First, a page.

related to the entry and admissibility of merchandise; its
classification and valuation; the payment of duties, taxes, or other
charges assessed or collected; or the refund, rebate, or drawback
should be aware of the
demands that international shipping puts on packaged goods. Exporters
should jeep four potential problems in mind when designing an export
shipping crate: breakage, moisture, pilferage and excess weight.
cargo is carried in
containers, but sometimes it is still shipped as breakbulk cargo.
Besides the normal handling encountered in domestic transportation, a
breakbulk shipment transported by ocean freight may be loaded aboard
vessels in a net or by a sling, conveyor, or chute, that puts an added
strain on the package. During the voyage, goods may be stacked on top
of or come into violent contact with other goods. Overseas, handling
facilities may be less sophisticated than in the United States and the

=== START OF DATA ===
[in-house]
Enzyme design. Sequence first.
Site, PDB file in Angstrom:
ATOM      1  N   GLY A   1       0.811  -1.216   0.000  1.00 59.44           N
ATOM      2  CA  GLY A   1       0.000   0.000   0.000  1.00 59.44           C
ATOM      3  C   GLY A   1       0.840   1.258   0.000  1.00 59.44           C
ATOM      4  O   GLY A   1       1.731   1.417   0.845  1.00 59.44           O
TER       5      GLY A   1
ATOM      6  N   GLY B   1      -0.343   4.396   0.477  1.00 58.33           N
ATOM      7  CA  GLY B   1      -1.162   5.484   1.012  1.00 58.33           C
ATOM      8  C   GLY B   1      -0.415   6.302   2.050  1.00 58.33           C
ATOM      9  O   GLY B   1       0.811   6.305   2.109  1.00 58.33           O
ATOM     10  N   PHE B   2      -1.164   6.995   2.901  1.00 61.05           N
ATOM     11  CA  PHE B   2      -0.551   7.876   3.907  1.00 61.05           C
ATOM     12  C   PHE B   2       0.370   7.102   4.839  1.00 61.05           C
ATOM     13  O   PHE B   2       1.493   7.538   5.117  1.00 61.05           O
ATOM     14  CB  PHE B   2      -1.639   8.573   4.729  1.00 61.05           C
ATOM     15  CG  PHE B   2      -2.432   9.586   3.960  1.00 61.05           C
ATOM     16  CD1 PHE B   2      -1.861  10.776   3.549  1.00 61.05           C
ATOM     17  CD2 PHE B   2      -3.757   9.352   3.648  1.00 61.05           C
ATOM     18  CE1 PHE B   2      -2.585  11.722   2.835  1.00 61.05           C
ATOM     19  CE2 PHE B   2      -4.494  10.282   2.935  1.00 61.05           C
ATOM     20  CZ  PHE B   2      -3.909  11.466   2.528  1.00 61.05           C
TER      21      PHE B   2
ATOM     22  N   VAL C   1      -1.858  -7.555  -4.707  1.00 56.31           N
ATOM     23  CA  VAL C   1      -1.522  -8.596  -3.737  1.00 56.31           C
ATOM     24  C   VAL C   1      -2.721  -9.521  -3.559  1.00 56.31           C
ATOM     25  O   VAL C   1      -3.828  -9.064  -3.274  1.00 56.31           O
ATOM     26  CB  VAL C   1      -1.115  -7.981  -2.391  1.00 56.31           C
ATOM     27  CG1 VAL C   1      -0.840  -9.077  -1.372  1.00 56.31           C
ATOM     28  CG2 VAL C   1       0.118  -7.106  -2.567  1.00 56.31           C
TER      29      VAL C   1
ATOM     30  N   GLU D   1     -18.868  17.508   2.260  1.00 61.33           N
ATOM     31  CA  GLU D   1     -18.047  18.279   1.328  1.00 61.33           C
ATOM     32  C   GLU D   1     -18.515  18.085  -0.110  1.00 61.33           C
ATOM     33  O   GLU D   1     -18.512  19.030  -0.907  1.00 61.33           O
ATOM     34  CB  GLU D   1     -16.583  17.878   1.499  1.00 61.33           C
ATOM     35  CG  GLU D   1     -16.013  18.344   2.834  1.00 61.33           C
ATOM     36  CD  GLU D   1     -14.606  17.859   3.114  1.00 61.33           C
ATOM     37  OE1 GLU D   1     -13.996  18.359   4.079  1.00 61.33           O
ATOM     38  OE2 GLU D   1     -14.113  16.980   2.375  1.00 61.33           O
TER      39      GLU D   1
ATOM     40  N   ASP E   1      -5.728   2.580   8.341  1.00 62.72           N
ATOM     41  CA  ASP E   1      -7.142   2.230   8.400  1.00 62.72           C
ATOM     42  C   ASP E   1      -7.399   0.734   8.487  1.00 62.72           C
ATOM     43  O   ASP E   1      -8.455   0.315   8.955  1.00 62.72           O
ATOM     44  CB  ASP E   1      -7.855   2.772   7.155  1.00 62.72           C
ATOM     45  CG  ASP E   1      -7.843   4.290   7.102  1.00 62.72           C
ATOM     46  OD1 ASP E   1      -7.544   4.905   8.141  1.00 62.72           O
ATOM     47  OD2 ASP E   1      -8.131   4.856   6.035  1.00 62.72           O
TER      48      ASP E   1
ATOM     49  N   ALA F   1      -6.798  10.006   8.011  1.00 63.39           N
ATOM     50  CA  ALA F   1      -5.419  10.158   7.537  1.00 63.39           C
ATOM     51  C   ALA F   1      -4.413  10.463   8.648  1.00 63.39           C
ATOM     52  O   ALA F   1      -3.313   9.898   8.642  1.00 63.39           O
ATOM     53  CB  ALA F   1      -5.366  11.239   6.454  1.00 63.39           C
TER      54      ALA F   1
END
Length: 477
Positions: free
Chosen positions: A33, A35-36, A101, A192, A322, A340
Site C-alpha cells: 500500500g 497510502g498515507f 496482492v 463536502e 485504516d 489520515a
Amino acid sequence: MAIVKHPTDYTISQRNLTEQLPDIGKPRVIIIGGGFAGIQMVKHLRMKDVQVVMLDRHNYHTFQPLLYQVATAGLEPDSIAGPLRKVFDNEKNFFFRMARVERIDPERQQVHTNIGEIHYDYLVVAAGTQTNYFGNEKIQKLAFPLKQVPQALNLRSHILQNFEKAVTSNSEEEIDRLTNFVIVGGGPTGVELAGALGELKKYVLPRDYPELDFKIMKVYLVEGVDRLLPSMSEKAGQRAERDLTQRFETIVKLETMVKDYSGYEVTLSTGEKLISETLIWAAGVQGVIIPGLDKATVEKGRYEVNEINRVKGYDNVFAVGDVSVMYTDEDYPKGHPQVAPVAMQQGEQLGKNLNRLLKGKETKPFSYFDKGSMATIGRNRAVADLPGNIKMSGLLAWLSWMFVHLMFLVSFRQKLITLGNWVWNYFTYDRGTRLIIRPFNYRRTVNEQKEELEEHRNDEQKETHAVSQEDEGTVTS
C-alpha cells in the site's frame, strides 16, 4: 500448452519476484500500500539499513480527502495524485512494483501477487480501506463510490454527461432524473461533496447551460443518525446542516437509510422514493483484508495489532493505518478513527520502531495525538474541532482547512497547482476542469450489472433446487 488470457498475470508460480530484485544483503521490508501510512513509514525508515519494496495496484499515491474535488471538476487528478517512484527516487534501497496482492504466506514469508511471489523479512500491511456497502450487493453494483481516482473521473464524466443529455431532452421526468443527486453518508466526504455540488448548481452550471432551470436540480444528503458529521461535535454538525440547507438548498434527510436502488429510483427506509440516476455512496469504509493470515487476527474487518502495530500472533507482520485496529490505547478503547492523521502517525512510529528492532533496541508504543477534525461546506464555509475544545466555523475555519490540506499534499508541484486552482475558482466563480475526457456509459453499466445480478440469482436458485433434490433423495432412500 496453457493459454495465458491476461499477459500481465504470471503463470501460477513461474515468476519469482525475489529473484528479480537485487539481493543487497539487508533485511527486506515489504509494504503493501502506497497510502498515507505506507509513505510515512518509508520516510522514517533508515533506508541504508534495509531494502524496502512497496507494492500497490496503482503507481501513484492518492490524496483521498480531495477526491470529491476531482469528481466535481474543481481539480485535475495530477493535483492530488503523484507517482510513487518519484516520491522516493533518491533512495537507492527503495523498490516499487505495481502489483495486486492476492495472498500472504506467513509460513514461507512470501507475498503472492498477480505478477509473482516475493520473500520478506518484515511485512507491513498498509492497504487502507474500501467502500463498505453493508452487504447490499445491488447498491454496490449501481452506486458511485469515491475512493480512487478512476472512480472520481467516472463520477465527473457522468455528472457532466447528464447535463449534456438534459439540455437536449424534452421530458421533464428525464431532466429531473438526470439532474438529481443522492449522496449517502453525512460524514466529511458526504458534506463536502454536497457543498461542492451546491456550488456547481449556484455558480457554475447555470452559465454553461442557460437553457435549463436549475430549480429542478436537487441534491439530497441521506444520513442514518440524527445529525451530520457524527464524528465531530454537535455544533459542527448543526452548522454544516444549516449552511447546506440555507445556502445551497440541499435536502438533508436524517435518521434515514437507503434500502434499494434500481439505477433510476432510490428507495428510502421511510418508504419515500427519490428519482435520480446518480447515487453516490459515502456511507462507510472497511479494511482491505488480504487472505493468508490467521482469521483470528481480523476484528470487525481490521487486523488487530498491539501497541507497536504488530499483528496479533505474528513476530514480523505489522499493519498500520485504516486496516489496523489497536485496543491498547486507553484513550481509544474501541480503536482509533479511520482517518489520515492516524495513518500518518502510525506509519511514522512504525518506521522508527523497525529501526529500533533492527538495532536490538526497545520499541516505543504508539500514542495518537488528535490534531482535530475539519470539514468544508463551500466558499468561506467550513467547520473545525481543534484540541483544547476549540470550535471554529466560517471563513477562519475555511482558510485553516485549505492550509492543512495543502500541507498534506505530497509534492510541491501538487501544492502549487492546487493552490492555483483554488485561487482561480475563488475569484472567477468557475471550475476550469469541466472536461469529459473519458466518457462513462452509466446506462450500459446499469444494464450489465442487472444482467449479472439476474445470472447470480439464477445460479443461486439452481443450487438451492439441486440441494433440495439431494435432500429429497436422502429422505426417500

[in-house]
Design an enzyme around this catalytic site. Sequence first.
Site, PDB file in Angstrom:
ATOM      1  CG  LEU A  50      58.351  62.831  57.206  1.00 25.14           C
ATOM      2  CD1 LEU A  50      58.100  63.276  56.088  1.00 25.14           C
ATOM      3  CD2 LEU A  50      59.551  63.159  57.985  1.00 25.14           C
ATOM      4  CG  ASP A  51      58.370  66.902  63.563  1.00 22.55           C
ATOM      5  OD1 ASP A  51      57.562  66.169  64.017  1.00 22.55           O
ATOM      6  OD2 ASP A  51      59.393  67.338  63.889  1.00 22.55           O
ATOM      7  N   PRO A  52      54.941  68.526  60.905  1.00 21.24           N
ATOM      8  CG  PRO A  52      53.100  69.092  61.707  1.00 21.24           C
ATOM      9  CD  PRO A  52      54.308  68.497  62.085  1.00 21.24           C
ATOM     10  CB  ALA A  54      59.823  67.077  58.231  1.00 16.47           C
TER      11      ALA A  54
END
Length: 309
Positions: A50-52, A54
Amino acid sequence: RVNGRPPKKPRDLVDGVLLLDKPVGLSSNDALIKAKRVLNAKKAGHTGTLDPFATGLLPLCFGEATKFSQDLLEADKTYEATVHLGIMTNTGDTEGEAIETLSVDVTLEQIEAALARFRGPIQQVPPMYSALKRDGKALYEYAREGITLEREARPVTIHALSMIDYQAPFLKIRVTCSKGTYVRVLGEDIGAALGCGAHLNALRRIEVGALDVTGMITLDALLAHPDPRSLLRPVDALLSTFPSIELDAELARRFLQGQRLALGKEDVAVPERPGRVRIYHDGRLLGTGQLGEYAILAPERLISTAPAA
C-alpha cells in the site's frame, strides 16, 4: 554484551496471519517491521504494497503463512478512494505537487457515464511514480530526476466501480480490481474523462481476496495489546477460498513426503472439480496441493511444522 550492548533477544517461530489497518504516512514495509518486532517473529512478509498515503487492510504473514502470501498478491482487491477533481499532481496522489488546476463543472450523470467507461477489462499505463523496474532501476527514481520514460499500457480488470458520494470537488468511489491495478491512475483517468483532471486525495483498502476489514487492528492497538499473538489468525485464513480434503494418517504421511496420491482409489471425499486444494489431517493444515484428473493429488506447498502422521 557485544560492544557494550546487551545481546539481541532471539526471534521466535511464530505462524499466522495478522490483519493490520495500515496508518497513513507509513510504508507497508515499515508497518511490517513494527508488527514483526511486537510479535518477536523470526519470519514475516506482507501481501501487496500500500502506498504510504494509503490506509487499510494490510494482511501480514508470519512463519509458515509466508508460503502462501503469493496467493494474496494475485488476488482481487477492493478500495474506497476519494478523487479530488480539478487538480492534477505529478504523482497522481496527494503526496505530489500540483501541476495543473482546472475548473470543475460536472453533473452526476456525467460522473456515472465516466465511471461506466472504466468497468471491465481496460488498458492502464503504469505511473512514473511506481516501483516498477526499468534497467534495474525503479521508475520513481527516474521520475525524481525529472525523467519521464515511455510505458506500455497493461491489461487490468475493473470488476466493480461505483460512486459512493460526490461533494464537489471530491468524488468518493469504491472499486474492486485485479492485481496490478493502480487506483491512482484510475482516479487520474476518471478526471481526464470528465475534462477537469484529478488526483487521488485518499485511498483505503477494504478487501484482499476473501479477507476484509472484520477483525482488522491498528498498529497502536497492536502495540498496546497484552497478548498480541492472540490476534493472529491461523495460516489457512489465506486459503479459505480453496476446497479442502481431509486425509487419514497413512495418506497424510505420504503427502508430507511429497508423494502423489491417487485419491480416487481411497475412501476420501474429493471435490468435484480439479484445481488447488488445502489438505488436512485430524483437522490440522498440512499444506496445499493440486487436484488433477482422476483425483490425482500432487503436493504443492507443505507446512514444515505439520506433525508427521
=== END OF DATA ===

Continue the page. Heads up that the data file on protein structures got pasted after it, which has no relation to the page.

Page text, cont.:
cargo could be dragged, pushed, rolled, or dropped during unloading,
while moving through customs, or in transit to the final destination.
is a constant concern
because condensation may develop in the hold of a ship even if it is
equipped with air conditioning and a dehumidifier. Another aspect of
this problem is that cargo may also be unloaded in precipitation, or
the foreign port may not have covered storage facilities. Theft and
pilferage are added risks.
are often familiar with
the port systems overseas, so they will often specify packaging
requirements. If the buyer does not specify this, be sure the goods are
prepared using these guidelines:
popular method of shipment is
to use containers obtained from carriers or private leasing companies.
These containers vary in size, material, and construction and
accommodate most cargo, but they are best suited for standard package
sizes and shapes. Also, refrigerated and liquid bulk containers are
usually readily available. Some containers are no more than semi-truck
trailers lifted off their wheels, placed on a vessel at the port of
export and then transferred to another set of wheels at the port of
strong containers, adequately sealed and filled when possible.
provide proper bracing in the container,
regardless of size, make sure the weight is evenly distributed.
should be palletized and when possible
and packing filler should be made of